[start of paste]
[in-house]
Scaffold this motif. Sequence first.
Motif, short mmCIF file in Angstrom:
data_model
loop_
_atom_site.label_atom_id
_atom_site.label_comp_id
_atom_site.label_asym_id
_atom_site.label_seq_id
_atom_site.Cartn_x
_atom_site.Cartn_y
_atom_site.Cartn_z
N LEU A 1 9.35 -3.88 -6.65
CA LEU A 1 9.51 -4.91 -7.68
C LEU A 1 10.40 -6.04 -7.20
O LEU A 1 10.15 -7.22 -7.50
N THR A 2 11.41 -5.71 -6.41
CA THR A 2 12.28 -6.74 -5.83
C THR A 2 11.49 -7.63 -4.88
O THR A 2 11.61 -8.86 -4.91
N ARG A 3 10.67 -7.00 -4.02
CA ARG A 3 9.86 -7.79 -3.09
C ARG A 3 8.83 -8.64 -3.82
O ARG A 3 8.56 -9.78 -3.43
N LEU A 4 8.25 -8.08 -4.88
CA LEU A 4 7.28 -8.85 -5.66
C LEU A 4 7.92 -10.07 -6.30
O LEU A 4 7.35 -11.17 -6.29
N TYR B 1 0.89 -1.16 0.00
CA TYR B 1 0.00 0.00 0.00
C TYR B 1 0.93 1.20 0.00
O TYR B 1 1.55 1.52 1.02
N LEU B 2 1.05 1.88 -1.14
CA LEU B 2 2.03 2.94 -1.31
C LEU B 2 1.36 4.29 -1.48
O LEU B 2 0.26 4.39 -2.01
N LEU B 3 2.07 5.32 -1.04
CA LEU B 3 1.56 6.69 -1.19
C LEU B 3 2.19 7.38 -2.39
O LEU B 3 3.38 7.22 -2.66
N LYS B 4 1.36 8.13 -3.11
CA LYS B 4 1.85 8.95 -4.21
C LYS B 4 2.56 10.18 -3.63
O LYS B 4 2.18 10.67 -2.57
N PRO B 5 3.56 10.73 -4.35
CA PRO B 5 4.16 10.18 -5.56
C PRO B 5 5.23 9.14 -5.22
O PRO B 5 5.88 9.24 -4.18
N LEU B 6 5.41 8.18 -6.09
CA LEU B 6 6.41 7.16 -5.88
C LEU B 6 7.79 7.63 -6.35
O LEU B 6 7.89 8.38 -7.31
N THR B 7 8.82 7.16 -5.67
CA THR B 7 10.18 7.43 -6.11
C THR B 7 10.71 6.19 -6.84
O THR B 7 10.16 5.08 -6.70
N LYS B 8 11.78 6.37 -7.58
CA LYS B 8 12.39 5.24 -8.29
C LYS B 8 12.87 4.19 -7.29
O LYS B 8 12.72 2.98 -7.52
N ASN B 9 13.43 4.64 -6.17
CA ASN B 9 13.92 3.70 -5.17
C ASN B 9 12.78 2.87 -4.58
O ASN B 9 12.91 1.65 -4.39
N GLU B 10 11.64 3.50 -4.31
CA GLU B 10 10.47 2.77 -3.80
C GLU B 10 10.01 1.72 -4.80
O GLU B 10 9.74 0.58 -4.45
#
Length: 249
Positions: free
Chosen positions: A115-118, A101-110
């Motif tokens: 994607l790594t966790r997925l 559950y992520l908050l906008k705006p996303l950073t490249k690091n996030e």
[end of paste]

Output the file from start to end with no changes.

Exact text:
[in-house]
Scaffold this motif. Sequence first.
Motif, short mmCIF file in Angstrom:
data_model
loop_
_atom_site.label_atom_id
_atom_site.label_comp_id
_atom_site.label_asym_id
_atom_site.label_seq_id
_atom_site.Cartn_x
_atom_site.Cartn_y
_atom_site.Cartn_z
N LEU A 1 9.35 -3.88 -6.65
CA LEU A 1 9.51 -4.91 -7.68
C LEU A 1 10.40 -6.04 -7.20
O LEU A 1 10.15 -7.22 -7.50
N THR A 2 11.41 -5.71 -6.41
CA THR A 2 12.28 -6.74 -5.83
C THR A 2 11.49 -7.63 -4.88
O THR A 2 11.61 -8.86 -4.91
N ARG A 3 10.67 -7.00 -4.02
CA ARG A 3 9.86 -7.79 -3.09
C ARG A 3 8.83 -8.64 -3.82
O ARG A 3 8.56 -9.78 -3.43
N LEU A 4 8.25 -8.08 -4.88
CA LEU A 4 7.28 -8.85 -5.66
C LEU A 4 7.92 -10.07 -6.30
O LEU A 4 7.35 -11.17 -6.29
N TYR B 1 0.89 -1.16 0.00
CA TYR B 1 0.00 0.00 0.00
C TYR B 1 0.93 1.20 0.00
O TYR B 1 1.55 1.52 1.02
N LEU B 2 1.05 1.88 -1.14
CA LEU B 2 2.03 2.94 -1.31
C LEU B 2 1.36 4.29 -1.48
O LEU B 2 0.26 4.39 -2.01
N LEU B 3 2.07 5.32 -1.04
CA LEU B 3 1.56 6.69 -1.19
C LEU B 3 2.19 7.38 -2.39
O LEU B 3 3.38 7.22 -2.66
N LYS B 4 1.36 8.13 -3.11
CA LYS B 4 1.85 8.95 -4.21
C LYS B 4 2.56 10.18 -3.63
O LYS B 4 2.18 10.67 -2.57
N PRO B 5 3.56 10.73 -4.35
CA PRO B 5 4.16 10.18 -5.56
C PRO B 5 5.23 9.14 -5.22
O PRO B 5 5.88 9.24 -4.18
N LEU B 6 5.41 8.18 -6.09
CA LEU B 6 6.41 7.16 -5.88
C LEU B 6 7.79 7.63 -6.35
O LEU B 6 7.89 8.38 -7.31
N THR B 7 8.82 7.16 -5.67
CA THR B 7 10.18 7.43 -6.11
C THR B 7 10.71 6.19 -6.84
O THR B 7 10.16 5.08 -6.70
N LYS B 8 11.78 6.37 -7.58
CA LYS B 8 12.39 5.24 -8.29
C LYS B 8 12.87 4.19 -7.29
O LYS B 8 12.72 2.98 -7.52
N ASN B 9 13.43 4.64 -6.17
CA ASN B 9 13.92 3.70 -5.17
C ASN B 9 12.78 2.87 -4.58
O ASN B 9 12.91 1.65 -4.39
N GLU B 10 11.64 3.50 -4.31
CA GLU B 10 10.47 2.77 -3.80
C GLU B 10 10.01 1.72 -4.80
O GLU B 10 9.74 0.58 -4.45
#
Length: 249
Positions: free
Chosen positions: A115-118, A101-110
């Motif tokens: 994607l790594t966790r997925l 559950y992520l908050l906008k705006p996303l950073t490249k690091n996030e």